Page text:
To celebrate National Inclusion week 2018, each day, Tribal shared one story from a Tribalite talking about their experience as someone who is considered diverse or different, and how this has impacted them. Below, Mark talks about his decision to take Shared Parental Leave.

“You know, there’s a policy called Shared Parental Leave, where fathers can take a share of the maternity leave...” said Tribal CEO Tom Roberts, when I told him I was going to be a father.

I didn’t know that. I didn’t know much at all and I was terrified, I had five and a half months of excitement and anxiety before the due date.

The tests, the scans, comparing the size of the unborn baby with various fruits, the self-doubt, the scares, the loss of control of the situation.

I did what I could to prepare myself emotionally as we marched toward the denouement, which arrived in the early hours of a Wednesday, in the summer of 2017.

Shared Parental Leave (SPL) was introduced in April 2015 partly as another step in breaking down gender stereotypes and the expectations that are heaped so heavily on mothers.

Essentially, the change in policy is that the previous statutory allocation, 52 weeks of maternity leave and 2 weeks of paternity leave, is replaced by 50 weeks to share between the parents (adoptive or biological).

I decided to take 3 months, my partner took 6. I’m fortunate in that my partner’s salary is comparable to mine, so it made no real difference financially who was on leave, as long as someone was working.

Sadly, this is not true for everyone and it will remain a barrier for many couples unless we continue to reduce the gender pay gap and stop questioning a mother’s decision to return to work after 2, 4, 6 months, otherwise SPL will never see widespread uptake.

Recent figures show that only around 2% of fathers are taking SPL, with half of the surveyed fathers stating that they cannot afford financially to take advantage of the new policy.

The day-to-day of my paternity leave was not hugely different to my partner’s.

My son woke up, I woke up, we played, we cuddled, we laughed, we cried, we went to the park, to see family and friends, sometimes the pub.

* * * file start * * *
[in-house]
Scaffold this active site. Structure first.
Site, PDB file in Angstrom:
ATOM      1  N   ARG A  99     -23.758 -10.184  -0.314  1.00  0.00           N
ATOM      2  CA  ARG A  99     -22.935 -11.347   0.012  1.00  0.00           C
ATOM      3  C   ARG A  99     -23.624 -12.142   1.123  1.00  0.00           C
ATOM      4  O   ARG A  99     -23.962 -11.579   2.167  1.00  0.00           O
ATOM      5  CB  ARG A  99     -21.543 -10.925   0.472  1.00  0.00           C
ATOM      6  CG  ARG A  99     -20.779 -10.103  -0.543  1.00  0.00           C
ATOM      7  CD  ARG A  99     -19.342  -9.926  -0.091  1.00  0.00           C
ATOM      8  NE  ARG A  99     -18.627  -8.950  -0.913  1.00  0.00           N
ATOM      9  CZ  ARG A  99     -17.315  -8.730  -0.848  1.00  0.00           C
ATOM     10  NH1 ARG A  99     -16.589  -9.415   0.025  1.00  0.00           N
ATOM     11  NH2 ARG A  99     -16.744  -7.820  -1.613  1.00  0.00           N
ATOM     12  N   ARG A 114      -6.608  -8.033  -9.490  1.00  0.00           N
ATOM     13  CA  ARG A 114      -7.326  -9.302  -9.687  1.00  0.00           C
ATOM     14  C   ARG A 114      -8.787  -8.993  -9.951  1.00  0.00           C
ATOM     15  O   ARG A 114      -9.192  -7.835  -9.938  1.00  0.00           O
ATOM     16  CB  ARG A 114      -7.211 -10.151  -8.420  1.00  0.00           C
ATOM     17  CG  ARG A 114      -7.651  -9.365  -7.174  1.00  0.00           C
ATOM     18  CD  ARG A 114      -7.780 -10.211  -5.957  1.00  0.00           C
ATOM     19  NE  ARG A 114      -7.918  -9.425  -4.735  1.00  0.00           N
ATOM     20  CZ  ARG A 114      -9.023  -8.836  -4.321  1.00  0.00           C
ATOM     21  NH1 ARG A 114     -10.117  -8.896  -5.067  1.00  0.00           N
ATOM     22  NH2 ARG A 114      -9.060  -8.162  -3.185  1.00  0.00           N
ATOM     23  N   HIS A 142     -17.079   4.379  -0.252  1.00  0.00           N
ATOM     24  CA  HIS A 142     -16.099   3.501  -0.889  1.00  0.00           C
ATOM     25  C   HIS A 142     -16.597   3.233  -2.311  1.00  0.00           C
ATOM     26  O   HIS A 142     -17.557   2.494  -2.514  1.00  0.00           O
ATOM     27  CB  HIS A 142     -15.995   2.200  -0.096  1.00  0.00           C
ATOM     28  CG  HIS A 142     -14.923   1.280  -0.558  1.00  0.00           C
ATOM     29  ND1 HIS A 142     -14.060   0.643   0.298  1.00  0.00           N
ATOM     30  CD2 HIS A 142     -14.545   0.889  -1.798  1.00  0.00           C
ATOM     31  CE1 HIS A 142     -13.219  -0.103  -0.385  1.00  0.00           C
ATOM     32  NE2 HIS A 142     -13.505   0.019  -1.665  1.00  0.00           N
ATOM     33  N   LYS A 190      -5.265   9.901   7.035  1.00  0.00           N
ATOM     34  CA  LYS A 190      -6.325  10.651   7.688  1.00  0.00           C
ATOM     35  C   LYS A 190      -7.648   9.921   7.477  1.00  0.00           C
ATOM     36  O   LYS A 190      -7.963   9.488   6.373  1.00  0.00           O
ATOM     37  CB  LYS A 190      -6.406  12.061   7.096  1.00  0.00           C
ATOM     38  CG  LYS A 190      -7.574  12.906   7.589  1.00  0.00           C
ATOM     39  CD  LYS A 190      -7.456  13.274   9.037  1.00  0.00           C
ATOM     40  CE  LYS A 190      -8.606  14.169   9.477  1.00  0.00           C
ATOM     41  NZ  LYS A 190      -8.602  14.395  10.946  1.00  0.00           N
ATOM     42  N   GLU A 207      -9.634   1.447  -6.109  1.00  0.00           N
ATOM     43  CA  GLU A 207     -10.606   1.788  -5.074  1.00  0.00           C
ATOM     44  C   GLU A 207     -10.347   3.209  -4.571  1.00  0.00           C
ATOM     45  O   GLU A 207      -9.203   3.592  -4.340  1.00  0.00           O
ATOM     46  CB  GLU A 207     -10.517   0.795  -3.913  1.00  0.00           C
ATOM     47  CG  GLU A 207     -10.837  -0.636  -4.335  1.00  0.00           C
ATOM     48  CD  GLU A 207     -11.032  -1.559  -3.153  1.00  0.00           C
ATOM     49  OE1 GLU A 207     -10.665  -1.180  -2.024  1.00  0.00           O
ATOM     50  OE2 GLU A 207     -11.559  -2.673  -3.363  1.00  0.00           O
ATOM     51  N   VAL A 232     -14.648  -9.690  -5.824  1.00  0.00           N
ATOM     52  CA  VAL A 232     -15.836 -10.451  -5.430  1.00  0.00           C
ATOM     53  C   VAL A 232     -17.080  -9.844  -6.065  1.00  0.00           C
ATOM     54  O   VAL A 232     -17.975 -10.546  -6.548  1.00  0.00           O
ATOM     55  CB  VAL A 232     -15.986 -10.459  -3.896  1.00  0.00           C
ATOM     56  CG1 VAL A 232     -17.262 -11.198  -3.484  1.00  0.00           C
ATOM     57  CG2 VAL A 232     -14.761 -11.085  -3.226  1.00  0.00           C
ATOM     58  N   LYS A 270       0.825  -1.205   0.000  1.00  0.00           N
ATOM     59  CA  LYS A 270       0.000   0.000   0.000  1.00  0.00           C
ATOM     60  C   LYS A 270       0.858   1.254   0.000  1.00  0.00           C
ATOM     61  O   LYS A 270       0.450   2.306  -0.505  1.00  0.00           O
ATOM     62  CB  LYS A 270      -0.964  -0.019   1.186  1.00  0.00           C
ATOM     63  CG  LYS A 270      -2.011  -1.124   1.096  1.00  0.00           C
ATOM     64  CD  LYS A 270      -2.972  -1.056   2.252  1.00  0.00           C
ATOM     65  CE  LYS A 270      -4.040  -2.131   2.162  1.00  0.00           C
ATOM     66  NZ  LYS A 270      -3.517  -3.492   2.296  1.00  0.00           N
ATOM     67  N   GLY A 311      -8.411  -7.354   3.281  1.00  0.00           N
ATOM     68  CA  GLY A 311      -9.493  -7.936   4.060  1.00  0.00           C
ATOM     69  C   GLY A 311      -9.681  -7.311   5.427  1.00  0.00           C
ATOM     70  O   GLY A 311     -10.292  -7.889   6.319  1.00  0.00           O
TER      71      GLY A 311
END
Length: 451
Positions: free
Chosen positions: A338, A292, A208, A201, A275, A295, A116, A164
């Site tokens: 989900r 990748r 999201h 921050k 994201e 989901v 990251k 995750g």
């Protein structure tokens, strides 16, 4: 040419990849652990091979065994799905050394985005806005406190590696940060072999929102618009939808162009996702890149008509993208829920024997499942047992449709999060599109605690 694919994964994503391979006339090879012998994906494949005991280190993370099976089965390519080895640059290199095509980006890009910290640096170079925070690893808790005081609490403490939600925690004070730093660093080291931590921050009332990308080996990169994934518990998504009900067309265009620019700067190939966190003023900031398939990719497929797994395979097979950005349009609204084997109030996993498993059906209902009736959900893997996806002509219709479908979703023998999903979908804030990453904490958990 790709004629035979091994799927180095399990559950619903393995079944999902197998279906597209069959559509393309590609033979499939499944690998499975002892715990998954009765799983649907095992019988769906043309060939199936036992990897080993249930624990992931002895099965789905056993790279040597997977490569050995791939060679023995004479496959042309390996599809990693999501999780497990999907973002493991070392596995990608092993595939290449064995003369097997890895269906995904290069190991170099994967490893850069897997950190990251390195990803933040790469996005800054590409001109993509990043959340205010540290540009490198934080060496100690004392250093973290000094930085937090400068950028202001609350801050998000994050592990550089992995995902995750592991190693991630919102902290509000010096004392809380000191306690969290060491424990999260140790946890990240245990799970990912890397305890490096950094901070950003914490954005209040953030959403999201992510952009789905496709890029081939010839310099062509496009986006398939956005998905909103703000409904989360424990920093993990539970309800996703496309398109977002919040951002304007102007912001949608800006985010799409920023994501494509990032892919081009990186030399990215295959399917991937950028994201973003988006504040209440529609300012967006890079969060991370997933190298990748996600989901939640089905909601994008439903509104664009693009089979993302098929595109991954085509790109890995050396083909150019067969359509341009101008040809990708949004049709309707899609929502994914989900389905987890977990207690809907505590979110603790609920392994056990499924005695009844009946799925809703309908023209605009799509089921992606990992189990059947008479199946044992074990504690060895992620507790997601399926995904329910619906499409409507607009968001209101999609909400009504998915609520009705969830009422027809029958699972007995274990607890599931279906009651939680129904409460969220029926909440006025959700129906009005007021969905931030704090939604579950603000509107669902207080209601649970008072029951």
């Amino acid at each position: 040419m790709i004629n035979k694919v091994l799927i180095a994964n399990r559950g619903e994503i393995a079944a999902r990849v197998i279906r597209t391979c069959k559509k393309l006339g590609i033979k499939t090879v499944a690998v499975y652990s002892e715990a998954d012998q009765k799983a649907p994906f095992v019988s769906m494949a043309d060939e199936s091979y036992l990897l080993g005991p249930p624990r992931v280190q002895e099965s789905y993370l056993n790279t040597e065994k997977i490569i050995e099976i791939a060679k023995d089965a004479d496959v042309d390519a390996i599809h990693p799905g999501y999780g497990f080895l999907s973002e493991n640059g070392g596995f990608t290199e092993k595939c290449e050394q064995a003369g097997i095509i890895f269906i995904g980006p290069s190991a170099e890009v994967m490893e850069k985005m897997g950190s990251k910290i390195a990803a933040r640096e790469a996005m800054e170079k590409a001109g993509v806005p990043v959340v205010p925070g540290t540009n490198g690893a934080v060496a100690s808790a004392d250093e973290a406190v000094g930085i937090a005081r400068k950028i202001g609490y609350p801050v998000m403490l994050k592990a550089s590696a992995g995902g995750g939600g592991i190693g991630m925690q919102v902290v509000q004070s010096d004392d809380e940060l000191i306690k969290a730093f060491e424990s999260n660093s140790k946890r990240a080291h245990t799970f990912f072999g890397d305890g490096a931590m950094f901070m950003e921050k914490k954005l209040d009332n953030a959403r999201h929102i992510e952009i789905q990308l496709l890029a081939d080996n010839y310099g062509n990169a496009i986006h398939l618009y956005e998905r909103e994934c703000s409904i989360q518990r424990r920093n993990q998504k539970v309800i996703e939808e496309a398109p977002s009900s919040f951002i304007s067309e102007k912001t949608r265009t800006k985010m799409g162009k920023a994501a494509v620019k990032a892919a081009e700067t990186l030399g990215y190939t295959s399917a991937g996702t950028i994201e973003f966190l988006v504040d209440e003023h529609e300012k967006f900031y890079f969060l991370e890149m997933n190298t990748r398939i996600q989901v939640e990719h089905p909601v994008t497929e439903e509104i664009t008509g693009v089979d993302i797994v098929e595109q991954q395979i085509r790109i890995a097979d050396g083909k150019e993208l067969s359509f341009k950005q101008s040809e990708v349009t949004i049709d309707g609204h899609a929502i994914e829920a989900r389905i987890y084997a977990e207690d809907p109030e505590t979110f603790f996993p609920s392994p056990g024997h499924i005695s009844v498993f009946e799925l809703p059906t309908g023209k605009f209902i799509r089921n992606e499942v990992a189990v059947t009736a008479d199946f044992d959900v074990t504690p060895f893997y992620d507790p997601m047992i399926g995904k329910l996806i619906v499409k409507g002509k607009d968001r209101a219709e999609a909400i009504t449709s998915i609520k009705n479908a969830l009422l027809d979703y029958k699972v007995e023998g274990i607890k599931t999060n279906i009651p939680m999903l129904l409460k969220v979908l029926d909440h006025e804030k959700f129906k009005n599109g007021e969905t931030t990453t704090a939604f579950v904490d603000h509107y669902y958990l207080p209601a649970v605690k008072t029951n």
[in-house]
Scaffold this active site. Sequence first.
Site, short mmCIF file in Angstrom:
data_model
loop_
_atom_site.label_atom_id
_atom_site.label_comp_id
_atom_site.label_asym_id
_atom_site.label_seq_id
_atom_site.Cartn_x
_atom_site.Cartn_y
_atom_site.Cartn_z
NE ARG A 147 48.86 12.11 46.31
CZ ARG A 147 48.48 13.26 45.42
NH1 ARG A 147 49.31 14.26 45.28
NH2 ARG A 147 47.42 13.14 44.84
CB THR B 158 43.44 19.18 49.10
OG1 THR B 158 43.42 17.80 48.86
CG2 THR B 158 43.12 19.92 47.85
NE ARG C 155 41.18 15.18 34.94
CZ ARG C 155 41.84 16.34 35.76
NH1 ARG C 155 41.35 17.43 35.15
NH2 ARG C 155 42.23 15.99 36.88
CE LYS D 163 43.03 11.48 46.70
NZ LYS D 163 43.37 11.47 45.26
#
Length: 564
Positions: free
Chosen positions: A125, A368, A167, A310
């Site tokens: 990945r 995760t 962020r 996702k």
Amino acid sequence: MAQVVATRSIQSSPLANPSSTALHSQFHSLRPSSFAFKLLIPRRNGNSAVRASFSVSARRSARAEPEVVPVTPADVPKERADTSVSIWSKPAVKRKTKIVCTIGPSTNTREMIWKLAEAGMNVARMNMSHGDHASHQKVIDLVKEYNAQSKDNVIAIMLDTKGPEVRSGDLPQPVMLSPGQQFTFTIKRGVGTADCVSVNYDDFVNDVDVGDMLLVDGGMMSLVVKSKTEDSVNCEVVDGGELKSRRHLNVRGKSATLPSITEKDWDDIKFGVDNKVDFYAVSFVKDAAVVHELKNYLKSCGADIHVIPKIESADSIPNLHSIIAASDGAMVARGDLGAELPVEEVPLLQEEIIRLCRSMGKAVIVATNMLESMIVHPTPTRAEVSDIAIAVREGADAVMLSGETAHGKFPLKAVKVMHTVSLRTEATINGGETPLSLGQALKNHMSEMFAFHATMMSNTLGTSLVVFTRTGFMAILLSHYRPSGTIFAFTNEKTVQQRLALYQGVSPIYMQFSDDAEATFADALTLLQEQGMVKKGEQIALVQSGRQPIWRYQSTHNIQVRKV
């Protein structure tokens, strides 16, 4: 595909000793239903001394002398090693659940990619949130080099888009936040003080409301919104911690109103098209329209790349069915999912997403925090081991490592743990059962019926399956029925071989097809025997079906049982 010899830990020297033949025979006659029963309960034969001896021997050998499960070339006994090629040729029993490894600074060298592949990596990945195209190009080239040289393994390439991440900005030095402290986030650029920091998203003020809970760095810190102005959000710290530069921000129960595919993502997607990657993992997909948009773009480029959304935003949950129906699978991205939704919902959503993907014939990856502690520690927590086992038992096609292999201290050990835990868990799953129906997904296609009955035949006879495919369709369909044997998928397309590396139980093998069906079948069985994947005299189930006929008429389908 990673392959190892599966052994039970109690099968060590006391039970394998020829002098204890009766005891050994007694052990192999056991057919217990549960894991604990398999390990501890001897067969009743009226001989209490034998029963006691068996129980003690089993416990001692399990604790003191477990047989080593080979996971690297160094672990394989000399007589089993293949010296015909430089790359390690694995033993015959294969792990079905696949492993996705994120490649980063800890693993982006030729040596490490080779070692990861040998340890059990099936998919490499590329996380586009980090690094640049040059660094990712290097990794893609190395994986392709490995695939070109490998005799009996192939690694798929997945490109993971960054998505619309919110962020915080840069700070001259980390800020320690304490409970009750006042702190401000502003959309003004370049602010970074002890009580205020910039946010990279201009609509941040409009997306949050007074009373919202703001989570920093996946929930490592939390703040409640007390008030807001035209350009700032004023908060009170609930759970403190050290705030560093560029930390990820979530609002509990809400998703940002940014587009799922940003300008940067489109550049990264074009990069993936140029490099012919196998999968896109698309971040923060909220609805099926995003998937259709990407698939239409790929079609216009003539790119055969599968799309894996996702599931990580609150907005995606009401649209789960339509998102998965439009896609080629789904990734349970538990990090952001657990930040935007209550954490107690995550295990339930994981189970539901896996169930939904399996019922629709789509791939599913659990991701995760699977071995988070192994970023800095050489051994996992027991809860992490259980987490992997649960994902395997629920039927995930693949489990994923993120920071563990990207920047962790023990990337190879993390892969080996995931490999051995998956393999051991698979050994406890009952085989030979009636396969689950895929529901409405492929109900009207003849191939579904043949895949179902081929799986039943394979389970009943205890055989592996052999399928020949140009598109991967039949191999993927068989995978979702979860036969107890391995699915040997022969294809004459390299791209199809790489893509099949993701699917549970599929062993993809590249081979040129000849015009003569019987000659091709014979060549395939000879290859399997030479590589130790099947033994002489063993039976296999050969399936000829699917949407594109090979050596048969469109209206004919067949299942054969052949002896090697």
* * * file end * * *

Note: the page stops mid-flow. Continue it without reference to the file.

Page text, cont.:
We took part in weekly activities, including Baby Sensory and the local library’s Rhyme Time. I was not always the only father in attendance, but on many occasions I was.

In my time attending these groups, I was often received with some intrigue, but mostly the mothers and grandmothers I spoke to were interested as to what I was doing there. Generally, people felt more comfortable asking if I had a day off or was on holiday – not once was I asked outright if I was on paternity leave with my 6 month old.

I suppose people either did not consider this scenario – or worse – felt that this assumption would be in some way ill-received if it was incorrect.

I took a day off last Friday and we went to Rhyme Time at my local library. Of the 34 parents, I was 1 of only 2 men.

Consider this for a moment, if you see a mother with her baby in town at 11am on a weekday, do you assume she is on maternity leave, annual leave, unemployed? If this scenario involved a father and baby, would you assume he is on annual leave, unemployed...?

The response from family, friends, colleagues, and strangers has been overwhelmingly positive and there is consensus that this is part of an important transition for our society, and highly beneficial to the father and child. The downside of this reception is that it demonstrates how unusual SPL is and how it does need to be treated delicately.

The persistent use of phrases such as ‘Daddy Day-Care’ and ‘holiday’ in reference to paternity leave, whilst meant in good humour, undermine the responsibilities a father has in raising their child.

Mothers also suffer from the same cutting remarks, and any parent will tell you that being at home all day with a young baby is not ‘easier’ than a day in the office. The difference here is that men still have a long way to go to overcome the expectation of a certain level of detachment from their children, and language which categorises fathers as babysitters is not helpful.

The father’s role and responsibilities in raising the child must be aligned with the mother’s if women are ever going to feel the same confidence as men do when going back to work after having children.

Coming back to work was difficult, and took some adjustment – emotionally, mentally, and logistically, but this could never outweigh the value I place on having the opportunity to take SPL. It was the best 3 months of my life. The forms to fill out and the work handovers are really not that bad.

I end with a few words of wisdom from three of our leadership team, Tom Roberts, David Balko and Shorful Islam, who have each said to me on separate occasions:

“Don’t miss out on spending time with your children at this age, it will be gone too soon and you will never get it back.”

Thanks for reading,
MP